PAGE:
But even to go this far would require significant re-thinking, re- organizing, and re-writing, beyond which seems to be contemplated by the very short schedule for RDA Part B and the continued assurances that this is because Part B will be “unchanged from AACR2”. This way of thinking about headings is not particularly new or original to me; as I mentioned it is something Martha Yee (and others) have been approaching for years, and I think it is in fact the way the JSC and Editor are thinking about things. But it does not seem like it will make it into RDA in a real way. This worries me. I think these issues of controlled textual identifiers as relationship indicators may be more important for bringing cataloging practice into the digital era than the minutia of transcription decisions which much of Part A consists of.

I appreciate any comments, feedback, debate, disagremeent on these ideas.

Jonathan Rochkind

[1] I realize it could be argued that many other kinds of identifiers are ‘textual’, depending on what is meant by ‘textual’, perhaps including URIs and such. The intention of defining the term ‘textual identifier’ as I have is not to argue this point. But we need a term that refers explicitly to headings constructed according to our traditional systems, and makes it clear that they are to be understood as one type of identifier. ‘Textual identifier’ will do as a term of art, unless someone can come up with a better one.

This entry was posted in cataloging, Theory. Bookmark the permalink.

3 Responses to ‘Access Points’ as Identifiers

  1. Irvin Flack says:

    Jonathan, I agree with your analysis of the muddle surrounding the ‘controlled access points’. When I read the new intro to RDA I was struck by how hard it would be to make sense of if you didn’t know the historical development of the bib record and library catalogues.

    On the ‘new-fangled’ identifiers: has much work been done to your knowledge toward developing non-textual identifiers for frbr entities? If an identifier is ‘a label within a namespace’, then we presumably need to decide what the namespace(s) is/are going to be and decide on a system for maintaining them. And if there are multiple namespaces, then some way of mapping between identifiers in each for the same entity. (http://oclc.work.100008 = http://lc.work.2346). One advantage of textual identifiers is that cataloguers in different places in the world can (theoretically) come up with the same identifier for a work if they’re following the same rules.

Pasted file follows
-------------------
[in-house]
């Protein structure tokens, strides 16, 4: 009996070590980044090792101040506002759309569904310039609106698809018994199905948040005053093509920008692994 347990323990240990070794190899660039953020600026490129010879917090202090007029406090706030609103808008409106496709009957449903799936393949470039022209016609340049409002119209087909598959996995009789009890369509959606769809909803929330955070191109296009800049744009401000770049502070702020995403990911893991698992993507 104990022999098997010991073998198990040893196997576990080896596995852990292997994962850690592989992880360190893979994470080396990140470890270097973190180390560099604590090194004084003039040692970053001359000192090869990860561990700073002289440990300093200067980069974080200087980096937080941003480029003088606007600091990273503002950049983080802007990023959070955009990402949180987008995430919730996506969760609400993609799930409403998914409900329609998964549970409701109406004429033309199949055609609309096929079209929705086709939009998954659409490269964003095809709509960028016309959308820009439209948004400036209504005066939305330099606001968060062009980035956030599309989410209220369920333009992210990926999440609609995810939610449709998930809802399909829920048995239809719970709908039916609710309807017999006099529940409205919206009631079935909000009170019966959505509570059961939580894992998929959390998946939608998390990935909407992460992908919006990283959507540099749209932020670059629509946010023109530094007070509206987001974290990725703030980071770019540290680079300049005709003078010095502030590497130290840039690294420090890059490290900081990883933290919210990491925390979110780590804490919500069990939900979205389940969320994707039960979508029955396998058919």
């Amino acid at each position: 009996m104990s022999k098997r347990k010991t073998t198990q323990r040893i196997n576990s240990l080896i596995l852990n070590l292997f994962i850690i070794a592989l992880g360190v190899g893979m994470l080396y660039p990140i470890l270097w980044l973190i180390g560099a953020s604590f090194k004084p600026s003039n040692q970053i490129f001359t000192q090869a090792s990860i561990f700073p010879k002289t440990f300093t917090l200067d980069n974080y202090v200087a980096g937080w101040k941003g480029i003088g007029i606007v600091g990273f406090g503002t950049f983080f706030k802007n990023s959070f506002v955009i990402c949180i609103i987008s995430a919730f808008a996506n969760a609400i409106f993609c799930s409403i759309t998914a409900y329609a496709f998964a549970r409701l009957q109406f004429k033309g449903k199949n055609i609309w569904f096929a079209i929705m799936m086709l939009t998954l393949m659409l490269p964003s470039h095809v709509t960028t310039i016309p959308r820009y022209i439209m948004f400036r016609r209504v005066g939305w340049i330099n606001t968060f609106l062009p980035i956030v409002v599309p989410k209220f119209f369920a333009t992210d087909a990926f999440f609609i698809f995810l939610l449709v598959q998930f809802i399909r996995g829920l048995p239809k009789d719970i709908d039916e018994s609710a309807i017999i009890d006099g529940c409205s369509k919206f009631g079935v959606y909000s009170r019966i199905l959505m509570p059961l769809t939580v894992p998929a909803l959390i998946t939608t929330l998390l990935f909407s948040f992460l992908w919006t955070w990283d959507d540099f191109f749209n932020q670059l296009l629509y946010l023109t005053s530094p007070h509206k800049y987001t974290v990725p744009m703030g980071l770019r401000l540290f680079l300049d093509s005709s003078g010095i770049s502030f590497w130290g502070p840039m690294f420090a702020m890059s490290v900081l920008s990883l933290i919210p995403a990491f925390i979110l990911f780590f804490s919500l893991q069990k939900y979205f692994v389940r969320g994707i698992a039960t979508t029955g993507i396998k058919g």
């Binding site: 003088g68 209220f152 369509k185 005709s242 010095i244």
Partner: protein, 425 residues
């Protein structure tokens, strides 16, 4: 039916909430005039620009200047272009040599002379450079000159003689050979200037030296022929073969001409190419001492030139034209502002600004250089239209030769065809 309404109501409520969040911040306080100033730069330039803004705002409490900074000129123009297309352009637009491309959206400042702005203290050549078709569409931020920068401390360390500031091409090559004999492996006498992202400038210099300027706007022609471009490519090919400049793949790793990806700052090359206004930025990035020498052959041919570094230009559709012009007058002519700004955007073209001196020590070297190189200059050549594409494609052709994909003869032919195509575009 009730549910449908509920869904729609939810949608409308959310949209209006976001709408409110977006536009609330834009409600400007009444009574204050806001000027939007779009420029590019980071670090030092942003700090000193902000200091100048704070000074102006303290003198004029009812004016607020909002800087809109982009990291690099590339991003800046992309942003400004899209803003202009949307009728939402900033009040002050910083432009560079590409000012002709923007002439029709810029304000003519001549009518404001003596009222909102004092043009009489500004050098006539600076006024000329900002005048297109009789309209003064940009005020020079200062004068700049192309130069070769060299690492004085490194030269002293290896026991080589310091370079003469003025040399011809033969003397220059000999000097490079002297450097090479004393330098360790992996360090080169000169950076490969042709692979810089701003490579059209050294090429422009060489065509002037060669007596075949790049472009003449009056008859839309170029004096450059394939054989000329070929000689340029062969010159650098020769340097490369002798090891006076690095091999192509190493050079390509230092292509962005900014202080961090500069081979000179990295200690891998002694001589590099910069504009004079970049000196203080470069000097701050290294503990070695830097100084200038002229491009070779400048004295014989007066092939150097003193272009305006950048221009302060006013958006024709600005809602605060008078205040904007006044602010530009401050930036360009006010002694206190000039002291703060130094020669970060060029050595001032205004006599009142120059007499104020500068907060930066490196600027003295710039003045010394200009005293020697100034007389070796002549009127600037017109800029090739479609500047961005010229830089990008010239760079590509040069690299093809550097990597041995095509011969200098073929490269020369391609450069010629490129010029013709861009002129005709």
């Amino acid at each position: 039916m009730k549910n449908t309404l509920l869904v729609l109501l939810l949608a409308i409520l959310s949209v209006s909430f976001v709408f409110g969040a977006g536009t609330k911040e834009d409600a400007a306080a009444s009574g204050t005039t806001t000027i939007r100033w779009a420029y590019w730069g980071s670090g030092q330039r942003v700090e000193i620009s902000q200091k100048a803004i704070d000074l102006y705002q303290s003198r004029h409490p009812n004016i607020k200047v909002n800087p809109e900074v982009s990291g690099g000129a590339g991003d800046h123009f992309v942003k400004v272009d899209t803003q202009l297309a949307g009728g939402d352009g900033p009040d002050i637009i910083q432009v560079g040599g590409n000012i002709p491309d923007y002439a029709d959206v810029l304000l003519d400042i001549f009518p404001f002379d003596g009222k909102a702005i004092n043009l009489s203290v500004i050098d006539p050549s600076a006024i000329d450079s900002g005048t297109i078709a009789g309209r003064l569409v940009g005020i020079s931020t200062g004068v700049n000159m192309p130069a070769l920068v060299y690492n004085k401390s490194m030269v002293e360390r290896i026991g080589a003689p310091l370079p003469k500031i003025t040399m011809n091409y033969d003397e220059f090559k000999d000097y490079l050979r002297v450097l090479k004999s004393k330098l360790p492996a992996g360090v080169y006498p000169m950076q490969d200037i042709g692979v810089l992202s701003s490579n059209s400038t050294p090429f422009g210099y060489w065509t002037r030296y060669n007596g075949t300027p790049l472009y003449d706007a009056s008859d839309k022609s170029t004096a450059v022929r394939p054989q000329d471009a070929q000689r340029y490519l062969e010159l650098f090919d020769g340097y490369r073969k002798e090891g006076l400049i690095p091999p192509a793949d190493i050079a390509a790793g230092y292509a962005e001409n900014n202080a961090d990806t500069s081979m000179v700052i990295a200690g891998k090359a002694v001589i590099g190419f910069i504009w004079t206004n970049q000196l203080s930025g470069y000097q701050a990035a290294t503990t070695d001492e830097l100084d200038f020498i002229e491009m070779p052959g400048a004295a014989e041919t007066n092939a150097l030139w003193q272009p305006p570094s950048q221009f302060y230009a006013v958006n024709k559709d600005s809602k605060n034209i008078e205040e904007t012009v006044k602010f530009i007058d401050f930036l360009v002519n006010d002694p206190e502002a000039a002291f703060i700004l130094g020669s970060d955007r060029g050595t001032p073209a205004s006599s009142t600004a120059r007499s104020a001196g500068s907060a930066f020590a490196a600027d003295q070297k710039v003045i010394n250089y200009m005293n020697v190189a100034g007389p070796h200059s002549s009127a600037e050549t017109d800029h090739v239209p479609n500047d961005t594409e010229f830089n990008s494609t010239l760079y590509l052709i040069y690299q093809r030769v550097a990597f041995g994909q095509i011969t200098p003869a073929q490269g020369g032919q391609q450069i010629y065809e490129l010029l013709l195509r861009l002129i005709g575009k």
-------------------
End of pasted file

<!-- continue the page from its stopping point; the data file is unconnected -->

2. jrochkind says:

    I’m not sure what work has gone on, no. I get the impression that not too much has gone on, and now the time is right for it to start. On one of the listservs, someone talked about an effort to create international control numbers for authority records (is that part of the VIAF?), and how that was generally considered a dead-in-the-water prospect at this point.

    I think that it’s worth a start to just apply to a metadata/URI type regime to one ‘universe’ of authority data (say, the US-centric NAF/SAF), rather than try to consolidate things internationally right away. That would still be valuable.

    Because, after all, even though it is an interesting feature of the current textual identifier regime that catalogers in different places working independently with no coordination can “theoretically” come up with the same identifier—in practice, how important is this? In the US, a cataloger that created a name authority heading without consulting the NAF would be acting in extreme folly! No? While theoretically the system is set up to support people working without coordination, we don’t actually do that!

    But I’m not sure I’d advocate getting rid of our traditional system of ‘textual identifiers’ anyway. I DO advocate experimenting with new systems of URI-type identifiers. But more importantly, if we are to keep it, we need to rationalize it as a system of identifiers. For every FRBR entity we are controlling, we need to know it’s ‘textual identifier’. For every ‘textual identifier’ used in a record, the cataloger needs to be clear on precisely what entity’s identifier that is, what relationship to what entity is being recorded, or what entity is having it’s textual identifier established. That is not generally the way we approach things right now (in part because, before the FRBR model, we didn’t always have the language to describe this clearly), and it leads to problematic ambiguity. An ambiguous identifier is not a very good identifier at all.

  3. Pingback: Identifiers and Display Labels again « Bibliographic Wilderness

Leave a Reply

Fill in your details below or click an icon to log in:

WordPress.com Logo

You are commenting using your WordPress.com account. Log Out / Change )

Twitter picture

You are commenting using your Twitter account. Log Out / Change )

Facebook photo

You are commenting using your Facebook account. Log Out / Change )

Google+ photo

You are commenting using your Google+ account. Log Out / Change )

Connecting to %s